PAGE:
The process of assisting the recovery of an ecosystem that has been degraded, damaged, or destroyed.

ecological succession

The gradual and orderly process of change in an ecosystem brought about by the progressive replacement of one community by another until a stable climax is established.

ecological threshold

Limit or amount of external pressure/change at which there is an abrupt change in an ecosystem property, or phenomenon. At this point small changes in one or more external conditions produce large and persistent responses in an ecosystem. A threshold is not necessarily associated with a tipping point, and thresholds can be passed without feedback or hysteresis.


"An open ecological system that includes all the organisms that function together in a given area (ranging in scale from very small to the whole globe) interacting with the physical environment so that a flow of energy leads to clearly defined biotic structures and cycling of materials between living and non-living parts." (Odum, 1983)

ecosystem approach

An integrated approach to the study of human-environment interactions; recognizes that people are an integral part of their ecosystems and the mutual dependence of one’s upon the other’s welfare (UNEP/CBD/COP5 2000).

ecosystem services

The benefits people obtain from ecosystems. These include provisioning services such as food and water; regulating services such as flood and disease control; cultural services such as spiritual, recreational, and cultural benefits; and supporting services, such as nutrient cycling, that maintain the conditions for life on Earth (ΜΕΑ 2005).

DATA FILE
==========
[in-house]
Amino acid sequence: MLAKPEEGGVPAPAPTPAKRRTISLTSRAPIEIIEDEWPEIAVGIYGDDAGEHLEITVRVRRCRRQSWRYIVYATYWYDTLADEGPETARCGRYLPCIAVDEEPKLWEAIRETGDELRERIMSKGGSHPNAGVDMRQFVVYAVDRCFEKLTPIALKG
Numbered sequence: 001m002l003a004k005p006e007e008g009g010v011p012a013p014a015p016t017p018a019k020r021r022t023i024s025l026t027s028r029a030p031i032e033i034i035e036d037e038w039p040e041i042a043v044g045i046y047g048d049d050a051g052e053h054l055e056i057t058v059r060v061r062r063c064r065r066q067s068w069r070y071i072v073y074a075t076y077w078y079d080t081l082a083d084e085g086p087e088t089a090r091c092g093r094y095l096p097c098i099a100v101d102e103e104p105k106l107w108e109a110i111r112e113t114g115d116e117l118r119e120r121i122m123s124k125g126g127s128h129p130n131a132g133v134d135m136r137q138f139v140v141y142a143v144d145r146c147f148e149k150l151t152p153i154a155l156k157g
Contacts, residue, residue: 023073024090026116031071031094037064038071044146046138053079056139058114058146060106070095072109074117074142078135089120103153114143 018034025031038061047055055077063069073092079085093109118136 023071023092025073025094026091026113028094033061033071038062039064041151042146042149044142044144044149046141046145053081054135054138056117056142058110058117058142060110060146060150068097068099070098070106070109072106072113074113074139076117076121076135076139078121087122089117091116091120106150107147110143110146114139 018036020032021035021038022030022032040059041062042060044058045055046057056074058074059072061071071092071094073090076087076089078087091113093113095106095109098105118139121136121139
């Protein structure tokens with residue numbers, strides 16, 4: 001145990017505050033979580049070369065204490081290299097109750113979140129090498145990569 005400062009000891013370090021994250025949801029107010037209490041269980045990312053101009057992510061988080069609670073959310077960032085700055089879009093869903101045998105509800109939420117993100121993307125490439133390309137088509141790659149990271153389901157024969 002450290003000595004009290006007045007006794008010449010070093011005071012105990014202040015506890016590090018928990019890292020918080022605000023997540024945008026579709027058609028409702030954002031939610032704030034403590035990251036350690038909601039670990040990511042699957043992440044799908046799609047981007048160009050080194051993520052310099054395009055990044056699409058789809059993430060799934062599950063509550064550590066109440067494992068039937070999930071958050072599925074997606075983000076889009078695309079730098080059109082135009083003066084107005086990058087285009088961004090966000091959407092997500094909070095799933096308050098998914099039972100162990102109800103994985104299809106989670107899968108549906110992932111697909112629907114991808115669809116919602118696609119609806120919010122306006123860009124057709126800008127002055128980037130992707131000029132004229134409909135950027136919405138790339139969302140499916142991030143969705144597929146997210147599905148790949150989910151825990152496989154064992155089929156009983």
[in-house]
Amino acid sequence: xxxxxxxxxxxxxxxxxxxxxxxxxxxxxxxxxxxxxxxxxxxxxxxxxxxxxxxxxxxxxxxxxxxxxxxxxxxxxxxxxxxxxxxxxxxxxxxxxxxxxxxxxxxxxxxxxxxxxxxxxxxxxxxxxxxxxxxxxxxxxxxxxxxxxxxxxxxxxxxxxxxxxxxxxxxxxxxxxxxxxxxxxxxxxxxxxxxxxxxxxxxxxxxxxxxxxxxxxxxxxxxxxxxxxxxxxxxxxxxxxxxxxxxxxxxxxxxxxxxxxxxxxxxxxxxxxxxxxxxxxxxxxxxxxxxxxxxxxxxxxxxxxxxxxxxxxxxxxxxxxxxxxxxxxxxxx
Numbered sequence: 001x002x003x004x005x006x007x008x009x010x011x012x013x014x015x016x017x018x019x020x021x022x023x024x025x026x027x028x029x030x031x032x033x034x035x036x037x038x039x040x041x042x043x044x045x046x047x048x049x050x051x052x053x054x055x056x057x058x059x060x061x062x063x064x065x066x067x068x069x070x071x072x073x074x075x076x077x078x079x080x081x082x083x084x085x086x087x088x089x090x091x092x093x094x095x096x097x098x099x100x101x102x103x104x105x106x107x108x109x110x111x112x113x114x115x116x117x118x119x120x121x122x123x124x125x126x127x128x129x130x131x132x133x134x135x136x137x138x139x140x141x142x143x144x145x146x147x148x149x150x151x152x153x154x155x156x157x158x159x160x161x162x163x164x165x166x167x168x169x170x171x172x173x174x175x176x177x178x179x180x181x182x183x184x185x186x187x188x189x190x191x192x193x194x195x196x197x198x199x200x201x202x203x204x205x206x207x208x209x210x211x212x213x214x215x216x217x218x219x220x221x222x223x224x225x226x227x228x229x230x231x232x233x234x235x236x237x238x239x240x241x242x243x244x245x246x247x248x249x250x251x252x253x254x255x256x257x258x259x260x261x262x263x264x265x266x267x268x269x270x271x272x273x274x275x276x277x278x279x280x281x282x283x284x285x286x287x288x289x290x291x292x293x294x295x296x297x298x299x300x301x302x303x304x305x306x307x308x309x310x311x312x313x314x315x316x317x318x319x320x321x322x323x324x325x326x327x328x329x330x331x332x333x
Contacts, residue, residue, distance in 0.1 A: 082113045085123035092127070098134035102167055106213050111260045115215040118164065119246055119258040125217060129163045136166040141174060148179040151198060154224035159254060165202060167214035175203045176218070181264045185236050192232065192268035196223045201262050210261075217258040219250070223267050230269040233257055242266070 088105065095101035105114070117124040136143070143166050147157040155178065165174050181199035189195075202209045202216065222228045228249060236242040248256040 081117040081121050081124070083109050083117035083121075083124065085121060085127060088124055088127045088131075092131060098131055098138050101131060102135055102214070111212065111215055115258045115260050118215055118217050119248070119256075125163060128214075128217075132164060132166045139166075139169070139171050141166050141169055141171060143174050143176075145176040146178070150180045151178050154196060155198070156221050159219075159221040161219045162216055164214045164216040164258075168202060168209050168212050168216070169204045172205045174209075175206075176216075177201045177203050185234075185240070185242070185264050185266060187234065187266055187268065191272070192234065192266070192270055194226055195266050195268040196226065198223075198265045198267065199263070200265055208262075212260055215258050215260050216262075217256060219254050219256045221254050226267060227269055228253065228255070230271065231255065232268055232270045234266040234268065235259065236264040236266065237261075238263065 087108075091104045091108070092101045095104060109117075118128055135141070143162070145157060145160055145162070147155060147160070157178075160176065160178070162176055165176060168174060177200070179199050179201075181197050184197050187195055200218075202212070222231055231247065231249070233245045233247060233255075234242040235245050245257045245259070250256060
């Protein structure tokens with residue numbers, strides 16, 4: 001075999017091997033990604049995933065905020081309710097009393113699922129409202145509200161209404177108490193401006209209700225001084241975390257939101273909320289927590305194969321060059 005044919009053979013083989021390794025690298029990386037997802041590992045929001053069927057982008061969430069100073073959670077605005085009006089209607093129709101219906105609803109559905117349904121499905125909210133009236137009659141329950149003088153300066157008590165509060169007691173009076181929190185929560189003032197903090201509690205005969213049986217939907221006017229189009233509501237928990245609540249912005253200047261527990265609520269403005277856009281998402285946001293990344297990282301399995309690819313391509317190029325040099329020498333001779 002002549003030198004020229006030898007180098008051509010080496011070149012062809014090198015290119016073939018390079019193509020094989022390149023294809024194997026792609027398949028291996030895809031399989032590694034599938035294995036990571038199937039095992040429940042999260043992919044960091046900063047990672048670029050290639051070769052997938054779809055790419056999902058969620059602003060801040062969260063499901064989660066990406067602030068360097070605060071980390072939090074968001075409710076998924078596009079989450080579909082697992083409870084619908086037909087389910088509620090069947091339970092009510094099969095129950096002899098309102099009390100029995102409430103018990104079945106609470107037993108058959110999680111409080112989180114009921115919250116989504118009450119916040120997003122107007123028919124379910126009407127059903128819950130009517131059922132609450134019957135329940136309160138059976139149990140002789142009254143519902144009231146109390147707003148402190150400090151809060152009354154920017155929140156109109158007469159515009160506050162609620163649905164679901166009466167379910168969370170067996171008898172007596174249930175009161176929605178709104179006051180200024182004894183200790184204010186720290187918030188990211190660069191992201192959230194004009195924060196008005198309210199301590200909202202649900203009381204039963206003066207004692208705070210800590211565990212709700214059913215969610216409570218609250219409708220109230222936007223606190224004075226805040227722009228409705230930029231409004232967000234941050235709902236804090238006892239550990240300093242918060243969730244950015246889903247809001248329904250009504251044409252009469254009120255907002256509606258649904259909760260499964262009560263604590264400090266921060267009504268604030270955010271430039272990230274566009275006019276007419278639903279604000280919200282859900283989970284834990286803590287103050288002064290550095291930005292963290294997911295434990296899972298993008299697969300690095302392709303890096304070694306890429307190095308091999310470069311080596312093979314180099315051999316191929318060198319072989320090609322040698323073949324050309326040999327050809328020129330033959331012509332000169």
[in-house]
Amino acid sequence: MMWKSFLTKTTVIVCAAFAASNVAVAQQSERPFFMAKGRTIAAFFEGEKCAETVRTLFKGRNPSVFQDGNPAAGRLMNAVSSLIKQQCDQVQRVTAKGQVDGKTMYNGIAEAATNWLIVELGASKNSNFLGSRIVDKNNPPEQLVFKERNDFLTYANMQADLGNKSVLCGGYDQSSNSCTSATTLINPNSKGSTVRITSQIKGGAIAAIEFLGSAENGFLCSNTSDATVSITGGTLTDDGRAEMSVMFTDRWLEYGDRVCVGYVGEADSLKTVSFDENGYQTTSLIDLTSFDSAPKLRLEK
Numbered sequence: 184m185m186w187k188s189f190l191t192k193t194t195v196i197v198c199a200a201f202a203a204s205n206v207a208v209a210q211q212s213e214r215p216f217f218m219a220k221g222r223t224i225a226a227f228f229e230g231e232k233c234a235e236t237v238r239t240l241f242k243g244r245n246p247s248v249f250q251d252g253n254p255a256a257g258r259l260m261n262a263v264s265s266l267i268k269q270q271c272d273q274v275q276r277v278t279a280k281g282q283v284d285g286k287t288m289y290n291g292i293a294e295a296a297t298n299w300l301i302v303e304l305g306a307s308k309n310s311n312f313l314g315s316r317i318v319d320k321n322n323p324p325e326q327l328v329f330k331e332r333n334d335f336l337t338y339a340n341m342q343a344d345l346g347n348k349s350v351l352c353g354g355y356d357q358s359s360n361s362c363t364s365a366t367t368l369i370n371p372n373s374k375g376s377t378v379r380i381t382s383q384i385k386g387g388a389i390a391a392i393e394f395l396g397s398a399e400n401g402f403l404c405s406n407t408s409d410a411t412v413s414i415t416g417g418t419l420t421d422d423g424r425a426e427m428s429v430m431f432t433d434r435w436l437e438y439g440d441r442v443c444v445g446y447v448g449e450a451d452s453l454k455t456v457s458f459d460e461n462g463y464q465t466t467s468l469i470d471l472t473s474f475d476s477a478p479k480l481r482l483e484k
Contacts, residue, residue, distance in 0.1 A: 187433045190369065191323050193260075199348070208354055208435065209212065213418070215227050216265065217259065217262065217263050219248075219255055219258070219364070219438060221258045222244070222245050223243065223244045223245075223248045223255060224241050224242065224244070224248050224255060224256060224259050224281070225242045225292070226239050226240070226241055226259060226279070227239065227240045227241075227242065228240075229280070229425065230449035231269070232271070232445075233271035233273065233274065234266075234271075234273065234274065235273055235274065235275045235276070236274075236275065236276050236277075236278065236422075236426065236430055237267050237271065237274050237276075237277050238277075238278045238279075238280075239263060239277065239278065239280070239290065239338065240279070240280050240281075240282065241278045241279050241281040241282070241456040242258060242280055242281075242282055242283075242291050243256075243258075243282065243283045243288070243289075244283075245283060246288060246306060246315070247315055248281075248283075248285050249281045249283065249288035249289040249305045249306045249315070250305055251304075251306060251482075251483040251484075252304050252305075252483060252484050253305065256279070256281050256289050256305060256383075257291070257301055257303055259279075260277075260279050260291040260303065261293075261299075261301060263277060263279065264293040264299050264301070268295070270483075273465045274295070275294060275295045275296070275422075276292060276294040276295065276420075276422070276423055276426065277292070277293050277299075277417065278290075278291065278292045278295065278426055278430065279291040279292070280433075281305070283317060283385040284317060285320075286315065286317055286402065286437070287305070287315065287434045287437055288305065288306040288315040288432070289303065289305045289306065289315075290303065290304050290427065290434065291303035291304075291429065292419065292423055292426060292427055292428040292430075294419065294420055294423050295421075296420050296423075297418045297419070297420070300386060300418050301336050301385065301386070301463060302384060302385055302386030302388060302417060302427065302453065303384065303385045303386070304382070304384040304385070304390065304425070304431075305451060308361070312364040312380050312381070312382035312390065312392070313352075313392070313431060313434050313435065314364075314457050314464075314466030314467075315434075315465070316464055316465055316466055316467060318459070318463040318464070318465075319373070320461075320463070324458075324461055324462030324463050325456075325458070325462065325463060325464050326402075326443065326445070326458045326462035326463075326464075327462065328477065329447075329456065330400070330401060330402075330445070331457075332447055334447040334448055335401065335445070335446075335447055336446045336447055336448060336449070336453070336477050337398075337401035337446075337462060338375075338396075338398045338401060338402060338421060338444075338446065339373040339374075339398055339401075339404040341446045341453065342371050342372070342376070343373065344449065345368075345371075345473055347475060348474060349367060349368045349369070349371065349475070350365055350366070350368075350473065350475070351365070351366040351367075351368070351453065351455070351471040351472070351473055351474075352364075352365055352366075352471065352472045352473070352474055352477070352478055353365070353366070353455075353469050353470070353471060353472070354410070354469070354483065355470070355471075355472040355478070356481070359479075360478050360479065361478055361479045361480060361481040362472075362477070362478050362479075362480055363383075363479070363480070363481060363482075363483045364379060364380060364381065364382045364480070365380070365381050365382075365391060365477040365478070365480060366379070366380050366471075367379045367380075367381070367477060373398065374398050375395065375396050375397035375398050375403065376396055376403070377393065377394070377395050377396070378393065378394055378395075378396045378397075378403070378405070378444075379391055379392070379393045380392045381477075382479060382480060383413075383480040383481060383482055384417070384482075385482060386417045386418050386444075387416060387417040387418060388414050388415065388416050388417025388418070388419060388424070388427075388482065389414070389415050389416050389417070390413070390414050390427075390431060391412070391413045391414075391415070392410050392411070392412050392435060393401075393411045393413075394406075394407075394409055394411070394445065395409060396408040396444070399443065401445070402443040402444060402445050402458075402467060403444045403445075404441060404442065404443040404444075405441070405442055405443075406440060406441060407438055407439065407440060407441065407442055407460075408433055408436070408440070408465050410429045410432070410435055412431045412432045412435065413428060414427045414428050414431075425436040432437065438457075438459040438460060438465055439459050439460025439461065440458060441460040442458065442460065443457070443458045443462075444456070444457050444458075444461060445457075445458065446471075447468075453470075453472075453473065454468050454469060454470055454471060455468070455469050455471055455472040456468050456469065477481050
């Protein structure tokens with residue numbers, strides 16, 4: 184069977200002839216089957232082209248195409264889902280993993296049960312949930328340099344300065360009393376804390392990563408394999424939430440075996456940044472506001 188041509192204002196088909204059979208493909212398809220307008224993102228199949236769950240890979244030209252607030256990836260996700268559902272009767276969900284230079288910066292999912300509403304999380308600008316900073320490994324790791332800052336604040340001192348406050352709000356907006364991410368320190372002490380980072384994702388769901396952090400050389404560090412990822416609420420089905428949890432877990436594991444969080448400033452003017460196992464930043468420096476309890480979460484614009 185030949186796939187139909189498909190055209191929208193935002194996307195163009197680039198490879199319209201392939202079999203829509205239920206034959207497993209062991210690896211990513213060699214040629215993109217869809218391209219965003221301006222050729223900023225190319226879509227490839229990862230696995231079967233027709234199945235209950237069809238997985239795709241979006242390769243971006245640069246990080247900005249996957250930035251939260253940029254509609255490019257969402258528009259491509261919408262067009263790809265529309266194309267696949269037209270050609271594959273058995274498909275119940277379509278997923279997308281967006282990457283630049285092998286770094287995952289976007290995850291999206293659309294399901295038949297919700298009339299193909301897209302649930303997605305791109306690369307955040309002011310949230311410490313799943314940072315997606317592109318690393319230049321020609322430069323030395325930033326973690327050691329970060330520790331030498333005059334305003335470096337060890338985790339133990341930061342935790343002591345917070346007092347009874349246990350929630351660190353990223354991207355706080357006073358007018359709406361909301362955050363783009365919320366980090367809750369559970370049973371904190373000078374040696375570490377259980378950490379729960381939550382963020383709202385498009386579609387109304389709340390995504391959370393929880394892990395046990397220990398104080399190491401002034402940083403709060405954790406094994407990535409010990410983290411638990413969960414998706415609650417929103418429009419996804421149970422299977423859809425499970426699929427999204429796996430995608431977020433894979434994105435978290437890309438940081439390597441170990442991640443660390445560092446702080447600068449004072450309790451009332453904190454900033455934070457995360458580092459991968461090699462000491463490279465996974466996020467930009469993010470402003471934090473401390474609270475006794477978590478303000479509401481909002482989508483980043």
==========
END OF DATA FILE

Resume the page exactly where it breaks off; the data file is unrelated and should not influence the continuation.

environmentally sensitive area

1. (DESERTLINKS) Areas distinguished or mapped by using certain key indicators for assessing the land capability to withstand further degradation, or the land suitability for supporting specific types of land use (Kosmas et al., 1999).

2. (MedAction) areas in which EU subsidies are paid to encourage landowners to follow land uses sympathetic to an environmental or landscape objective.


The ease with which natural materials break down when they are attacked by agents of denudation (whose capacity is called erosivity, especially for rainfall events of short duration and high intensity). Erodibility is dependent on susceptibility to removal and transportation, and the term is often used in the context of potential of a soil or sediment to gullying or rill formation (Whittow, 1984).


The loss of water from a given area and during a specified period of time, due to evaporation from the soil surface and to transpiration from plants. In arid conditions most of the precipitation returns to the atmosphere after some time, and does not participate in the deep soil water recharge. Potential evaporation (or evapotranspiration) is the amount of evapo-transpiration that would occur from a certain area if there were no restriction on water availability.


Food and Agriculture Organization

Focal Point

Each country party to the Convention to Combat Desertification names a representative to serve as a focal point to the Convention, to liaise with the secretariat and to assist in intersessional work.


Geographical Information System